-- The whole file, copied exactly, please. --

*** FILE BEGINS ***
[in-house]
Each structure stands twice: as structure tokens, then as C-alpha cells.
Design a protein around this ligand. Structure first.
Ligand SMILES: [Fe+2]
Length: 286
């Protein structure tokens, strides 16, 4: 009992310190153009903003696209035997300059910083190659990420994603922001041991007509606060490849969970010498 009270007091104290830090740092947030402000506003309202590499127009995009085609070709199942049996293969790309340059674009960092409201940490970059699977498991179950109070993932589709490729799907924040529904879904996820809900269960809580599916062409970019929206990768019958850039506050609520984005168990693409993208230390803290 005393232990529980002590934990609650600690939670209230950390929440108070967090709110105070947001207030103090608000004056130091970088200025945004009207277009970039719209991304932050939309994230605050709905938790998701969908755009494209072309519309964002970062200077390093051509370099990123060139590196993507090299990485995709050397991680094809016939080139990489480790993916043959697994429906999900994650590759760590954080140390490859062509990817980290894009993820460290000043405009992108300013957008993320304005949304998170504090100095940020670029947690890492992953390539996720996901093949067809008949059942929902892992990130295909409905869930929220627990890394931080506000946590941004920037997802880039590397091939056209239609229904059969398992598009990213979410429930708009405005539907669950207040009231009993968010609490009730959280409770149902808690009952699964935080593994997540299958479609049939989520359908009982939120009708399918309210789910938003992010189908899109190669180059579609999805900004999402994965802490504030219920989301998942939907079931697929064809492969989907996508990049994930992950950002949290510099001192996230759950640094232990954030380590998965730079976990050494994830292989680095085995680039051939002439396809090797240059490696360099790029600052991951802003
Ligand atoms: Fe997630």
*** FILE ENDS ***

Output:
[in-house]
Each structure stands twice: as structure tokens, then as C-alpha cells.
Design a protein around this ligand. Structure first.
Ligand SMILES: [Fe+2]
Length: 286
């Protein structure tokens, strides 16, 4: 009992310190153009903003696209035997300059910083190659990420994603922001041991007509606060490849969970010498 009270007091104290830090740092947030402000506003309202590499127009995009085609070709199942049996293969790309340059674009960092409201940490970059699977498991179950109070993932589709490729799907924040529904879904996820809900269960809580599916062409970019929206990768019958850039506050609520984005168990693409993208230390803290 005393232990529980002590934990609650600690939670209230950390929440108070967090709110105070947001207030103090608000004056130091970088200025945004009207277009970039719209991304932050939309994230605050709905938790998701969908755009494209072309519309964002970062200077390093051509370099990123060139590196993507090299990485995709050397991680094809016939080139990489480790993916043959697994429906999900994650590759760590954080140390490859062509990817980290894009993820460290000043405009992108300013957008993320304005949304998170504090100095940020670029947690890492992953390539996720996901093949067809008949059942929902892992990130295909409905869930929220627990890394931080506000946590941004920037997802880039590397091939056209239609229904059969398992598009990213979410429930708009405005539907669950207040009231009993968010609490009730959280409770149902808690009952699964935080593994997540299958479609049939989520359908009982939120009708399918309210789910938003992010189908899109190669180059579609999805900004999402994965802490504030219920989301998942939907079931697929064809492969989907996508990049994930992950950002949290510099001192996230759950640094232990954030380590998965730079976990050494994830292989680095085995680039051939002439396809090797240059490696360099790029600052991951802003
Ligand atoms: Fe997630």